8. Describe your dream writing space?
Wow, huh. Ideal writing space? I’ve never been one of those writers who feel I must lock myself away in a cabin in the woods with a beautiful mahogany desk. Honestly, my ideal writing space is one where I can turn off my wifi and write. The Internet, while a glorious source of all kinds of crazy information, is a terrible distraction. So, to answer the question: As long as I have some kind of computer (I type way faster than I can write out long hand, and my handwriting is horrible anyway) music to drown out the world (if I’m not alone) and a good amount of uninterrupted time, I’m good.
9. What is the hardest writing critique you ever received? How did you respond?
This is kind of a difficult question. I’ve suffered a long time from a reluctance to share much of what I’ve written. Plus, I’m a recovering perfectionist, so for years I never would finish anything I started. But I do recall one time when someone said my characters were flat in a story I had written. I responded like I’m sure many writers would or do with an attempt at seeing the critic’s point but secretly calling them names inside my head and calling down any number of curses from the heavens.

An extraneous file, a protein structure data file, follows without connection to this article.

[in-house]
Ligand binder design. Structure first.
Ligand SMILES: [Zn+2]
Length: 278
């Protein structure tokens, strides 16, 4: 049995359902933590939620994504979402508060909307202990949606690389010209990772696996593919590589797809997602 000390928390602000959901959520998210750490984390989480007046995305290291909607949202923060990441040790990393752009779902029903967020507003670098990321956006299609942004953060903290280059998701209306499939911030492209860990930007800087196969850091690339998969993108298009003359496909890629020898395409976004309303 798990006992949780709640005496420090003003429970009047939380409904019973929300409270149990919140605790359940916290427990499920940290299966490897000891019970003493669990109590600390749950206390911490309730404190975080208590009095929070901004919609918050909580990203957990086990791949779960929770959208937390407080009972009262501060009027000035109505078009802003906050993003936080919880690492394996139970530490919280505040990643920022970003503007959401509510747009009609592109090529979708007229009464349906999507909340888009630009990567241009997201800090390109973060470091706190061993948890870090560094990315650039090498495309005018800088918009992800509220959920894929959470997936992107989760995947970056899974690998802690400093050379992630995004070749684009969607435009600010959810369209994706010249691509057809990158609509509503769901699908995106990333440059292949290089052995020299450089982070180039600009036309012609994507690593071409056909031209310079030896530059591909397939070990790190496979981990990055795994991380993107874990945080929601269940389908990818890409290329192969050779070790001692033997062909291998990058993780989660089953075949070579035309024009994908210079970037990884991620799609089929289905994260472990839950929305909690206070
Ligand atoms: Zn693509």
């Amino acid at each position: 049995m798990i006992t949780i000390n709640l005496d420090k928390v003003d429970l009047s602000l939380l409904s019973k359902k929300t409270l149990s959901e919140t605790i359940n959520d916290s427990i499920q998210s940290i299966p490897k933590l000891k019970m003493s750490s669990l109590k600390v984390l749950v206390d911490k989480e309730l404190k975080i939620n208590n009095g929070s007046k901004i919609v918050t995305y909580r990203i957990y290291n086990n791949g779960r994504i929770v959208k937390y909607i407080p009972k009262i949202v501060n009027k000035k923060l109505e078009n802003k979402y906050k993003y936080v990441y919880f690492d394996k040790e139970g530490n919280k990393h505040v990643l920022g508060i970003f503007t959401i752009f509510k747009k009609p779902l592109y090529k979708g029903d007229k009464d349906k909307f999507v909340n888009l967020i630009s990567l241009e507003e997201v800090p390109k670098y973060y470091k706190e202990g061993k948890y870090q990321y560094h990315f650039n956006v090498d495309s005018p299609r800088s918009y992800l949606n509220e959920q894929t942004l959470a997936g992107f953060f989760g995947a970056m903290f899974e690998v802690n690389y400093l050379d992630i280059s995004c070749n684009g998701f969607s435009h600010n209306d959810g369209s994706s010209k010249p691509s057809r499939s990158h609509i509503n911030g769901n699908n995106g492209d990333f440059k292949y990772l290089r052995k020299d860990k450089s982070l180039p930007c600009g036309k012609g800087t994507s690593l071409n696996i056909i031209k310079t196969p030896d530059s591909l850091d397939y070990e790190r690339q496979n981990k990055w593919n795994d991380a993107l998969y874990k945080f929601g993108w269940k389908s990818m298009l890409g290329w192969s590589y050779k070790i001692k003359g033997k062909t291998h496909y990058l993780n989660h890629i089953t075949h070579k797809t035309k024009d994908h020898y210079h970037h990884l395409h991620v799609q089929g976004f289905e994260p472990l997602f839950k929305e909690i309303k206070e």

Just write. It’s easy to get caught up in the minutia or the navel-gazing or odd romanticism surrounding writing. Hey, I’ve fallen prey to all that stuff, too. But just shut up and write. Write terribly. Write brilliantly. Write often. Just write. Oh, and read. Read, read, read.
Tim Gallen is a writer and oddball who lives and works in Phoenix. But he has no tan to speak of. He mainly writes and reads fantasy but has a strange fascination with YA books. Perhaps because in his mind he still is 16 and trying to figure out life. Feel free to stalk him on the Internet at Twitter, Facebook and TimGallen.com.